“They’ve definitely surfaced. It’s been a learning experience. When I made Horizons, that was the first thing I did on my own. And I think I kind of went into it with one foot instead of both feet. I really enjoy some of the songs that are on there, and I think the record is great. But I think, you know, to do that…to do the independent thing you kind of have to jump in with both feet in the cold water and just go. And so I’m learning how to do that. I’ve made two records since Horizons…and this Christmas record is the third I’ve done on DogBear – and it’s been an awesome experience. I think that any one of the last three records that I’ve made would not have been made on a label. And I say that very tactfully (laughs)…because I love [the first two albums] and I think the fans do, too. I don’t think I make records just to make some weird Picasso art…I want to make songs that people want to listen to – or at least my fans want to listen to. So I’ve always tried to be cognizant of that. It’s been a really good experience for me.”
You were in a fairly serious car accident and injured your wrist a few years ago – to the point where you weren’t sure if you’d play guitar again. I’ve seen vague references to how you’ve had to adapt your playing style since…but how specifically has that been affected?
“I would say that most of it has been physical things, like my wrist doesn’t move – my right wrist, my strumming wrist. It doesn’t have that natural movement any more to where I can hold a rhythm down. And so that was something I really had to work on – and still something. So I don’t feel I can put my guitar down any more, because I’m at a disadvantage now. So I’m always playing, always trying to figure out things…and in a way, I feel like I’m a better player now because I’ve had to figure out all these different ways to play. And you’ll see me – I play with my fingers a lot, I don’t play a ton with a pick. And I think more than anything…maybe it’s the nature of my growing up, my upbringing or whatever, I don’t know…when something like that happens and you get put at a disadvantage, you can go two ways: you can go, ‘oh well, feel sorry for me’ – or ‘I’m going to make the best of this’. And I feel like I’ve tried to do that – make the best of it and see something that is a disadvantage now to maybe making it one of my advantages.”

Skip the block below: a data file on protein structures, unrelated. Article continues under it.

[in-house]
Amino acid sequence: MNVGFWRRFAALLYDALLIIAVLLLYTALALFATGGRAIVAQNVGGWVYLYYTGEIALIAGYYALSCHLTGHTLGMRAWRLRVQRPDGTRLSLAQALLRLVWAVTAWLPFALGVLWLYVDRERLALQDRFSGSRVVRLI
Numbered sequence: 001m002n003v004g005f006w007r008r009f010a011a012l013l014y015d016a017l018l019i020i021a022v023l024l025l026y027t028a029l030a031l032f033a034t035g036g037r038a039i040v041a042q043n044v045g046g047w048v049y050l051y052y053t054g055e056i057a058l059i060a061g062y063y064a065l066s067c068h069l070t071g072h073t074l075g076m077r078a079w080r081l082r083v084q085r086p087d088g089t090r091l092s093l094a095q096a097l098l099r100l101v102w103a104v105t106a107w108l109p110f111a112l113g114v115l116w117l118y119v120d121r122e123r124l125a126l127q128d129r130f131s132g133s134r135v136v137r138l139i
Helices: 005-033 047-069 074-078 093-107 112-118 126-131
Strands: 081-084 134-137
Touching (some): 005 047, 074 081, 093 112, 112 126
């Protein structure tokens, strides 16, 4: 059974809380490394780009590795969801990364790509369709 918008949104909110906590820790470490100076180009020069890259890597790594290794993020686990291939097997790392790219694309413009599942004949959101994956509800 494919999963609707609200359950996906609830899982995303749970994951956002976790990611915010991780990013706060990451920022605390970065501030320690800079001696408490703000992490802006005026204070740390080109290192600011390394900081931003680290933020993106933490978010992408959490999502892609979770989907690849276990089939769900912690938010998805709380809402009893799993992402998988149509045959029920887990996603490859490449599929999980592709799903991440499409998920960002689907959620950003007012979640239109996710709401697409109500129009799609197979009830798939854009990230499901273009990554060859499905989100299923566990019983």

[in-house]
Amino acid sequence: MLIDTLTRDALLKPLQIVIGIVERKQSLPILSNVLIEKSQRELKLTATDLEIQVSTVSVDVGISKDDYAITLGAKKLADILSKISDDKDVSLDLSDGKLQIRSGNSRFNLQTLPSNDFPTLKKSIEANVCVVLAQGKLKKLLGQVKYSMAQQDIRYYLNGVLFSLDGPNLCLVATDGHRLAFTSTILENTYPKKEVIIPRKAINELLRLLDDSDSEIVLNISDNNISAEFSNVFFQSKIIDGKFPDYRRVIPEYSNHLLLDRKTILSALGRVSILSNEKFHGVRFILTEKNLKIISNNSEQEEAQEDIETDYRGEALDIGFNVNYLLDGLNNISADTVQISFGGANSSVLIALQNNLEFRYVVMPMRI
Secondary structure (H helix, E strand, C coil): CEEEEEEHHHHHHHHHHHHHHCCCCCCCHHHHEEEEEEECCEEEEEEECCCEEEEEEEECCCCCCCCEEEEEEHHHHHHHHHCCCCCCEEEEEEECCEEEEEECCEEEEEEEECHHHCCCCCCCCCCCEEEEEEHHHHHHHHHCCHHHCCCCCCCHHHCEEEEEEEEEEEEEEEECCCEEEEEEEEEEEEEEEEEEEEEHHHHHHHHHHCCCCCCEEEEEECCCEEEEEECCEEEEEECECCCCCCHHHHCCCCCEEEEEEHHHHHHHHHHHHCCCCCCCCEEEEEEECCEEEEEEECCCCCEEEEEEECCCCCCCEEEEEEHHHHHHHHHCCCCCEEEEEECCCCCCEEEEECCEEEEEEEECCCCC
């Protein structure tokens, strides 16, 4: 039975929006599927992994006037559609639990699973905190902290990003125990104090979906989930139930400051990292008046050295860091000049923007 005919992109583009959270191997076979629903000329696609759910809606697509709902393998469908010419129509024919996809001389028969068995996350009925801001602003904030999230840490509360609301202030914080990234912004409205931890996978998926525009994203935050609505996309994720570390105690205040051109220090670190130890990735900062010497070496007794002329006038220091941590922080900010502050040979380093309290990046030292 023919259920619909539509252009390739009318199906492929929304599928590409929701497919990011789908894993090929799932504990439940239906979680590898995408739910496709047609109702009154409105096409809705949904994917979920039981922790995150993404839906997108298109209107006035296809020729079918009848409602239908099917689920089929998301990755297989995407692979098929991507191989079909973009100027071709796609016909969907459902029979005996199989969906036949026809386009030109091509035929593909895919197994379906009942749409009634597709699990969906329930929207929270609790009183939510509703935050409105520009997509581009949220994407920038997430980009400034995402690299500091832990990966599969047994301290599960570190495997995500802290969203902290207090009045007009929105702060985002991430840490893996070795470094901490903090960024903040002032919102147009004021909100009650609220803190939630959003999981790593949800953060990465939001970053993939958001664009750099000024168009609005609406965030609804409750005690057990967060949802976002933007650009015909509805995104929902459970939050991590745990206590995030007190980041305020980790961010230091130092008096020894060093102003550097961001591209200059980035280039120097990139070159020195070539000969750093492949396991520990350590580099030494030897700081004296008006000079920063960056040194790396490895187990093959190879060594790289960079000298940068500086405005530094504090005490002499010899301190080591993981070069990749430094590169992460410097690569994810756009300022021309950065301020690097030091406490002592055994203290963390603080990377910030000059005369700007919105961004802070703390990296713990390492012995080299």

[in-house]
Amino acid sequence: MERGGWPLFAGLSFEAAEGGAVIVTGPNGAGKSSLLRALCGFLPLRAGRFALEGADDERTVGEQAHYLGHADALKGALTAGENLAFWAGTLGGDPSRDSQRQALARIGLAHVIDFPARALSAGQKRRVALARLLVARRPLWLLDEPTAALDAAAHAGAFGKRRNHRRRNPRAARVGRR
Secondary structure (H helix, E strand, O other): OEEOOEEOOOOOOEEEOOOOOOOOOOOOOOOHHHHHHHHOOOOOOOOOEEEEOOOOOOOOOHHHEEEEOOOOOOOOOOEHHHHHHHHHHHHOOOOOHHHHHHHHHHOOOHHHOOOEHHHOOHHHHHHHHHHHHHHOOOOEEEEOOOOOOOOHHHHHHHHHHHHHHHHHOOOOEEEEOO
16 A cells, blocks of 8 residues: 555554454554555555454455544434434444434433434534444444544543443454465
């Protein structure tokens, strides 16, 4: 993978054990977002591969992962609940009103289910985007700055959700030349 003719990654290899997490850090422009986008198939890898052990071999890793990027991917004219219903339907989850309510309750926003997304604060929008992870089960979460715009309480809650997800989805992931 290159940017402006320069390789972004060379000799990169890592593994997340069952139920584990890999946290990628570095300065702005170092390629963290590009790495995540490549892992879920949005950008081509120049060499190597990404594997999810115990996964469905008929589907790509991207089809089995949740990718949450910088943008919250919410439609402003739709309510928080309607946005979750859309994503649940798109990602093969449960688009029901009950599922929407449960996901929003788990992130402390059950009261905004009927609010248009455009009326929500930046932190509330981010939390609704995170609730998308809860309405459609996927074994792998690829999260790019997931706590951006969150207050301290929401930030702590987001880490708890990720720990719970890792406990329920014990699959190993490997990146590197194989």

Since we’re almost at the end of 2016 – dare I ask if you have any plans or resolutions on deck for 2017?
“I’m going to go on the road with Parachute, who I’ve been a big fan of for a long time. We tried to go on the road together a bunch and it’s just never worked out over the past six, seven years or something like that. They were the very first show I ever played…so this has been a long time coming, and I’ve known [lead guitarist and vocalist] Will [Anderson] for a long time. So, that’ll kind of fill up the spring, and I’ll do some college dates. But other than that, I need to start writing again. Writing is one of those things for me that comes in spurts – I have to kind of lock myself in my house for a month or so and come up with a bunch of ideas, and really kind of do that. Because I’m not a writer that…and maybe I should be…but I’m not a writer that writes all the time. I write stuff down and I’ll sing stuff into my phone. But, full songs…I haven’t written them since the Christmas songs. I take my time with it and I let things fester inside a bit – and it eventually comes out. And it’ll probably be closer to the beginning of the year, so maybe I’ll be working on a new record later in the year or something like that.”
Kris Allen is a special guest on Jim Brickman‘s “Comfort & Joy” holiday tour, stopping at The Southern Theatre, 55 East State Street in Downtown Columbus on Wednesday, December 21 at 7:30 pm. Tickets are $33.00 to $68.00 (plus taxes and fees) and are available via Ticketmaster. Kris Allen’s latest album “Somethin’ About Christmas” is available on his website.